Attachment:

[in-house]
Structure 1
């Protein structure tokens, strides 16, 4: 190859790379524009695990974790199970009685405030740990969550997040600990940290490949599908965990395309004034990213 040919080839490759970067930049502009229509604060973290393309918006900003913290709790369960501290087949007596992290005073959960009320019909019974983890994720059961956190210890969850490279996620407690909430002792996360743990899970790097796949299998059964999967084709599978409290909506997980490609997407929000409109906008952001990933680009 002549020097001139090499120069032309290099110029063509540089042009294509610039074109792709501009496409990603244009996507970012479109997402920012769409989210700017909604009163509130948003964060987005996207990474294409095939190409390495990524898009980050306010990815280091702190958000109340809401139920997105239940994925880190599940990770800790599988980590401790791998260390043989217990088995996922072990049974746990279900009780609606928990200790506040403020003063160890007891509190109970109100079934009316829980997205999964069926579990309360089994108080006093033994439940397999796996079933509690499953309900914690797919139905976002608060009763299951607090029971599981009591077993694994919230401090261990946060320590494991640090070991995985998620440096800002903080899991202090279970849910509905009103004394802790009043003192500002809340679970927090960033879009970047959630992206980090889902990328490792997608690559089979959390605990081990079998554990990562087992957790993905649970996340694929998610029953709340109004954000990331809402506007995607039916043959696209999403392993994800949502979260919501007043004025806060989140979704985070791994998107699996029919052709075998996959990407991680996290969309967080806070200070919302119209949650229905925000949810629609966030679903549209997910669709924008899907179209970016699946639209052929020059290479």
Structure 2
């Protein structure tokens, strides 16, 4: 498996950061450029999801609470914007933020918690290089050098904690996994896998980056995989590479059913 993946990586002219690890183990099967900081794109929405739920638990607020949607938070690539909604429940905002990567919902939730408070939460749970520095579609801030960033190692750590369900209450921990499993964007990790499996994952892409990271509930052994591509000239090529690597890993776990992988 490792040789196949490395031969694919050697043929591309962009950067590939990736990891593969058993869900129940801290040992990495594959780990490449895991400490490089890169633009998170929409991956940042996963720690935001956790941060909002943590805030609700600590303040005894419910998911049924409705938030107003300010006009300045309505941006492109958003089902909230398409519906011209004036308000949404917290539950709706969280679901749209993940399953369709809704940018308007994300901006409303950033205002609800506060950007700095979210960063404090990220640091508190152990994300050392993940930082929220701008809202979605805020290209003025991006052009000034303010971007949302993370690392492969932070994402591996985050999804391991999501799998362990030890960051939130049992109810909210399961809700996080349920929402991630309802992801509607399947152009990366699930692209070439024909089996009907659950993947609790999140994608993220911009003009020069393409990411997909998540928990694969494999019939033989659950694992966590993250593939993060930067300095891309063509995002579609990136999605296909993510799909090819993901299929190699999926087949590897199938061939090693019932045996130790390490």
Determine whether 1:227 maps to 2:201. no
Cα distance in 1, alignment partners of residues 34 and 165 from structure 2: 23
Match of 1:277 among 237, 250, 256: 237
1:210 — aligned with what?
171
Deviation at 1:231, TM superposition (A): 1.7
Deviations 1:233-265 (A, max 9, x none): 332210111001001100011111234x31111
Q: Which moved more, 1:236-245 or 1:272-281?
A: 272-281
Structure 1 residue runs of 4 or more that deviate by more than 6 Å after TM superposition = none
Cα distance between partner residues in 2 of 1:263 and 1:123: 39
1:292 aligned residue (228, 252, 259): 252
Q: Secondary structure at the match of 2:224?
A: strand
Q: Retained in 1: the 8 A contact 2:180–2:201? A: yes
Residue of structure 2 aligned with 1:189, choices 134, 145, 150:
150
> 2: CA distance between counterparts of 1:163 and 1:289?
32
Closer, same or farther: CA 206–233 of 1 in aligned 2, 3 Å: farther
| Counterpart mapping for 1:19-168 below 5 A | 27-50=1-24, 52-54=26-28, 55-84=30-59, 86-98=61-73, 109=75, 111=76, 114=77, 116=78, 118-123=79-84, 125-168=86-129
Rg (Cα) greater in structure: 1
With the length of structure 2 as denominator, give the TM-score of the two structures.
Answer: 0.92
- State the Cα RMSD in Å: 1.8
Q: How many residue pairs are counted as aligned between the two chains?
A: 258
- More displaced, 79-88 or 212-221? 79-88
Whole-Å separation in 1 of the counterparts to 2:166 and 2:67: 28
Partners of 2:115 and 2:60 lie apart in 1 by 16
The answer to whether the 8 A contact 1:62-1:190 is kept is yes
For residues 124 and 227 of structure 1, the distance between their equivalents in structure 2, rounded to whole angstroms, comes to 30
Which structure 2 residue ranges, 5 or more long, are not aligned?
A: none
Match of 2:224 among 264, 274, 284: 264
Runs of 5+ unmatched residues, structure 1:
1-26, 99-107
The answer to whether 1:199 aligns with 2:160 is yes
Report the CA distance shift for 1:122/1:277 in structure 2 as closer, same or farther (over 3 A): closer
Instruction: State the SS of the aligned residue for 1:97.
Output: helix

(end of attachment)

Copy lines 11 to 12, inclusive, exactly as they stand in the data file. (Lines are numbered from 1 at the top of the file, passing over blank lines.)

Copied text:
Deviation at 1:231, TM superposition (A): 1.7
Deviations 1:233-265 (A, max 9, x none): 332210111001001100011111234x31111